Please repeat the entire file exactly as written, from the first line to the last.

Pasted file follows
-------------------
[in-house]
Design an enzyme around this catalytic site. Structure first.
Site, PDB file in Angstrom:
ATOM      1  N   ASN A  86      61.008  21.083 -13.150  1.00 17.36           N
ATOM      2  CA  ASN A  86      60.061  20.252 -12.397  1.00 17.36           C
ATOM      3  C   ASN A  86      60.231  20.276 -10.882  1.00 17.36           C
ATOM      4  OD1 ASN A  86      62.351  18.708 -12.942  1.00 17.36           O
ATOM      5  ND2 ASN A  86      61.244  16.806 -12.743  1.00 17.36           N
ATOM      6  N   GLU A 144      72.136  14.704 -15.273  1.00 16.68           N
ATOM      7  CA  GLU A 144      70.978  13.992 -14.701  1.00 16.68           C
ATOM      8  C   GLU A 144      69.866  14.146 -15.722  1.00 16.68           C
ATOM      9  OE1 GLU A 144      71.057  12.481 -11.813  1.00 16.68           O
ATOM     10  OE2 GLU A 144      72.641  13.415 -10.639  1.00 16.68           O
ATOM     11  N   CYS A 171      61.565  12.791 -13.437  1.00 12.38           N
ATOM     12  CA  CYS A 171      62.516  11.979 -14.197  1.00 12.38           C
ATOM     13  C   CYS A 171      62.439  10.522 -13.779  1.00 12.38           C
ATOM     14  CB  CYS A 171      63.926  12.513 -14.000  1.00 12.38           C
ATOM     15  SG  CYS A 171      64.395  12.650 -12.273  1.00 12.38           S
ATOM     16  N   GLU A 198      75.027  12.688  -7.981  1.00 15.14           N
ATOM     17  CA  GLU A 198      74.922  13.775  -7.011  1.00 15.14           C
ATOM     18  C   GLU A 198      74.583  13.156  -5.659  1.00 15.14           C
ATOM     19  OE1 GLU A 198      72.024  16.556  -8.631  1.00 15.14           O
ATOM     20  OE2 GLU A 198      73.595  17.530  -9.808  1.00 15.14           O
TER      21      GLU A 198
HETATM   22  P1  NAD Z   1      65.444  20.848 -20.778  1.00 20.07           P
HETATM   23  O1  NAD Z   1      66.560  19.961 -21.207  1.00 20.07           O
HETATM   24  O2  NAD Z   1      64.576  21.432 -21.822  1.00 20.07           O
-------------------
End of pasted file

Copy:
[in-house]
Design an enzyme around this catalytic site. Structure first.
Site, PDB file in Angstrom:
ATOM      1  N   ASN A  86      61.008  21.083 -13.150  1.00 17.36           N
ATOM      2  CA  ASN A  86      60.061  20.252 -12.397  1.00 17.36           C
ATOM      3  C   ASN A  86      60.231  20.276 -10.882  1.00 17.36           C
ATOM      4  OD1 ASN A  86      62.351  18.708 -12.942  1.00 17.36           O
ATOM      5  ND2 ASN A  86      61.244  16.806 -12.743  1.00 17.36           N
ATOM      6  N   GLU A 144      72.136  14.704 -15.273  1.00 16.68           N
ATOM      7  CA  GLU A 144      70.978  13.992 -14.701  1.00 16.68           C
ATOM      8  C   GLU A 144      69.866  14.146 -15.722  1.00 16.68           C
ATOM      9  OE1 GLU A 144      71.057  12.481 -11.813  1.00 16.68           O
ATOM     10  OE2 GLU A 144      72.641  13.415 -10.639  1.00 16.68           O
ATOM     11  N   CYS A 171      61.565  12.791 -13.437  1.00 12.38           N
ATOM     12  CA  CYS A 171      62.516  11.979 -14.197  1.00 12.38           C
ATOM     13  C   CYS A 171      62.439  10.522 -13.779  1.00 12.38           C
ATOM     14  CB  CYS A 171      63.926  12.513 -14.000  1.00 12.38           C
ATOM     15  SG  CYS A 171      64.395  12.650 -12.273  1.00 12.38           S
ATOM     16  N   GLU A 198      75.027  12.688  -7.981  1.00 15.14           N
ATOM     17  CA  GLU A 198      74.922  13.775  -7.011  1.00 15.14           C
ATOM     18  C   GLU A 198      74.583  13.156  -5.659  1.00 15.14           C
ATOM     19  OE1 GLU A 198      72.024  16.556  -8.631  1.00 15.14           O
ATOM     20  OE2 GLU A 198      73.595  17.530  -9.808  1.00 15.14           O
TER      21      GLU A 198
HETATM   22  P1  NAD Z   1      65.444  20.848 -20.778  1.00 20.07           P
HETATM   23  O1  NAD Z   1      66.560  19.961 -21.207  1.00 20.07           O
HETATM   24  O2  NAD Z   1      64.576  21.432 -21.822  1.00 20.07           O